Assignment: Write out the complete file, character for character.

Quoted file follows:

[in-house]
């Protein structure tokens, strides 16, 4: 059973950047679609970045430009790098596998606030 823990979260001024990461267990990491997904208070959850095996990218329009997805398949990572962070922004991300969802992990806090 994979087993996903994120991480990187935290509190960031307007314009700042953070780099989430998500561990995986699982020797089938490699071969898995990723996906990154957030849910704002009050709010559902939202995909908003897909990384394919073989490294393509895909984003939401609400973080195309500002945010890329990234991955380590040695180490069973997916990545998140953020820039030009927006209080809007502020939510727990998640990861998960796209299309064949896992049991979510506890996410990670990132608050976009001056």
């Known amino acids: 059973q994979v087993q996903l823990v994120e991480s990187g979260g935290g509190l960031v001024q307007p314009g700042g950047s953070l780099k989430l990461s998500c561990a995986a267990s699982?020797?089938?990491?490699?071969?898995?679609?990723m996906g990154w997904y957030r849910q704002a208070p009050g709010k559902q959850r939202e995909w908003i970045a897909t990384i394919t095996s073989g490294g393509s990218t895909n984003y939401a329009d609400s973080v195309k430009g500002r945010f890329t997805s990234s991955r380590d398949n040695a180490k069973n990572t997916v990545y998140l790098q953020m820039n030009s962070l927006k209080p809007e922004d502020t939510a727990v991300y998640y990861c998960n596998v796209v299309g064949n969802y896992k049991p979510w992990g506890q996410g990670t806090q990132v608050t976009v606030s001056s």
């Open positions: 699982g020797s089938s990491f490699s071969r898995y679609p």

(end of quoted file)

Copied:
[in-house]
């Protein structure tokens, strides 16, 4: 059973950047679609970045430009790098596998606030 823990979260001024990461267990990491997904208070959850095996990218329009997805398949990572962070922004991300969802992990806090 994979087993996903994120991480990187935290509190960031307007314009700042953070780099989430998500561990995986699982020797089938490699071969898995990723996906990154957030849910704002009050709010559902939202995909908003897909990384394919073989490294393509895909984003939401609400973080195309500002945010890329990234991955380590040695180490069973997916990545998140953020820039030009927006209080809007502020939510727990998640990861998960796209299309064949896992049991979510506890996410990670990132608050976009001056």
């Known amino acids: 059973q994979v087993q996903l823990v994120e991480s990187g979260g935290g509190l960031v001024q307007p314009g700042g950047s953070l780099k989430l990461s998500c561990a995986a267990s699982?020797?089938?990491?490699?071969?898995?679609?990723m996906g990154w997904y957030r849910q704002a208070p009050g709010k559902q959850r939202e995909w908003i970045a897909t990384i394919t095996s073989g490294g393509s990218t895909n984003y939401a329009d609400s973080v195309k430009g500002r945010f890329t997805s990234s991955r380590d398949n040695a180490k069973n990572t997916v990545y998140l790098q953020m820039n030009s962070l927006k209080p809007e922004d502020t939510a727990v991300y998640y990861c998960n596998v796209v299309g064949n969802y896992k049991p979510w992990g506890q996410g990670t806090q990132v608050t976009v606030s001056s």
């Open positions: 699982g020797s089938s990491f490699s071969r898995y679609p």